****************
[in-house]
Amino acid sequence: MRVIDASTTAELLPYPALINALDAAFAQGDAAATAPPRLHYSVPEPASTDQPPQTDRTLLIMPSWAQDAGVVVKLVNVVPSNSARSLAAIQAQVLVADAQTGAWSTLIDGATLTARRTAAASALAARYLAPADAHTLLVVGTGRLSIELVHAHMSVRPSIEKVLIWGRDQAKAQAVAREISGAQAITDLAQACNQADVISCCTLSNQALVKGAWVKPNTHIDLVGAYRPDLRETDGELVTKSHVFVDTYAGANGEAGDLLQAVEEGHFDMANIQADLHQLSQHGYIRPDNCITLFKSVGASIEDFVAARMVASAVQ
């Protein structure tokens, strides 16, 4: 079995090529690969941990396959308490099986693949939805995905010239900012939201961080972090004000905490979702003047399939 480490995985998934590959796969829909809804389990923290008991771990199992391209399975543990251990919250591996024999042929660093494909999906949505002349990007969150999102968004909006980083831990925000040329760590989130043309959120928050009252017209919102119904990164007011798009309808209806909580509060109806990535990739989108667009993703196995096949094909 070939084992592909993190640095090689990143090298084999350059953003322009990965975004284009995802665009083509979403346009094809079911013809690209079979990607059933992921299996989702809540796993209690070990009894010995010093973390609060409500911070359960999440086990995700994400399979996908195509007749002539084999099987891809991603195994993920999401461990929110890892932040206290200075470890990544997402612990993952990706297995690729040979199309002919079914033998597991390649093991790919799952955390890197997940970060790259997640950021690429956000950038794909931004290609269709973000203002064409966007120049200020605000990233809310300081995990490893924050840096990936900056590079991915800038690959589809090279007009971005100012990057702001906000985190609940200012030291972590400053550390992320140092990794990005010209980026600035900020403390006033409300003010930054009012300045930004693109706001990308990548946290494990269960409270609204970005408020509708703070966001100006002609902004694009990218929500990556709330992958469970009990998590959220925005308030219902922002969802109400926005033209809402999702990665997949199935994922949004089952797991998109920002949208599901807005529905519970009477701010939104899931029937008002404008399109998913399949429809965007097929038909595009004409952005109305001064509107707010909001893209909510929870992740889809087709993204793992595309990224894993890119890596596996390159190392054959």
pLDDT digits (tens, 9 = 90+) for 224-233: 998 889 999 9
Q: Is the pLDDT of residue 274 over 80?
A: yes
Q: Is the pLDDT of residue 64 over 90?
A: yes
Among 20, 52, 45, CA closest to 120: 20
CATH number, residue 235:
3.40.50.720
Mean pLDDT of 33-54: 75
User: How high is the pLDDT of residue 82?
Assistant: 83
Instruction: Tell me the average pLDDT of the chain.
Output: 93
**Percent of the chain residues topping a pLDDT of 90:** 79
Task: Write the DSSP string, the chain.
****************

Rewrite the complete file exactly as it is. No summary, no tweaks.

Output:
[in-house]
Amino acid sequence: MRVIDASTTAELLPYPALINALDAAFAQGDAAATAPPRLHYSVPEPASTDQPPQTDRTLLIMPSWAQDAGVVVKLVNVVPSNSARSLAAIQAQVLVADAQTGAWSTLIDGATLTARRTAAASALAARYLAPADAHTLLVVGTGRLSIELVHAHMSVRPSIEKVLIWGRDQAKAQAVAREISGAQAITDLAQACNQADVISCCTLSNQALVKGAWVKPNTHIDLVGAYRPDLRETDGELVTKSHVFVDTYAGANGEAGDLLQAVEEGHFDMANIQADLHQLSQHGYIRPDNCITLFKSVGASIEDFVAARMVASAVQ
């Protein structure tokens, strides 16, 4: 079995090529690969941990396959308490099986693949939805995905010239900012939201961080972090004000905490979702003047399939 480490995985998934590959796969829909809804389990923290008991771990199992391209399975543990251990919250591996024999042929660093494909999906949505002349990007969150999102968004909006980083831990925000040329760590989130043309959120928050009252017209919102119904990164007011798009309808209806909580509060109806990535990739989108667009993703196995096949094909 070939084992592909993190640095090689990143090298084999350059953003322009990965975004284009995802665009083509979403346009094809079911013809690209079979990607059933992921299996989702809540796993209690070990009894010995010093973390609060409500911070359960999440086990995700994400399979996908195509007749002539084999099987891809991603195994993920999401461990929110890892932040206290200075470890990544997402612990993952990706297995690729040979199309002919079914033998597991390649093991790919799952955390890197997940970060790259997640950021690429956000950038794909931004290609269709973000203002064409966007120049200020605000990233809310300081995990490893924050840096990936900056590079991915800038690959589809090279007009971005100012990057702001906000985190609940200012030291972590400053550390992320140092990794990005010209980026600035900020403390006033409300003010930054009012300045930004693109706001990308990548946290494990269960409270609204970005408020509708703070966001100006002609902004694009990218929500990556709330992958469970009990998590959220925005308030219902922002969802109400926005033209809402999702990665997949199935994922949004089952797991998109920002949208599901807005529905519970009477701010939104899931029937008002404008399109998913399949429809965007097929038909595009004409952005109305001064509107707010909001893209909510929870992740889809087709993204793992595309990224894993890119890596596996390159190392054959």
pLDDT digits (tens, 9 = 90+) for 224-233: 998 889 999 9
Q: Is the pLDDT of residue 274 over 80?
A: yes
Q: Is the pLDDT of residue 64 over 90?
A: yes
Among 20, 52, 45, CA closest to 120: 20
CATH number, residue 235:
3.40.50.720
Mean pLDDT of 33-54: 75
User: How high is the pLDDT of residue 82?
Assistant: 83
Instruction: Tell me the average pLDDT of the chain.
Output: 93
**Percent of the chain residues topping a pLDDT of 90:** 79
Task: Write the DSSP string, the chain.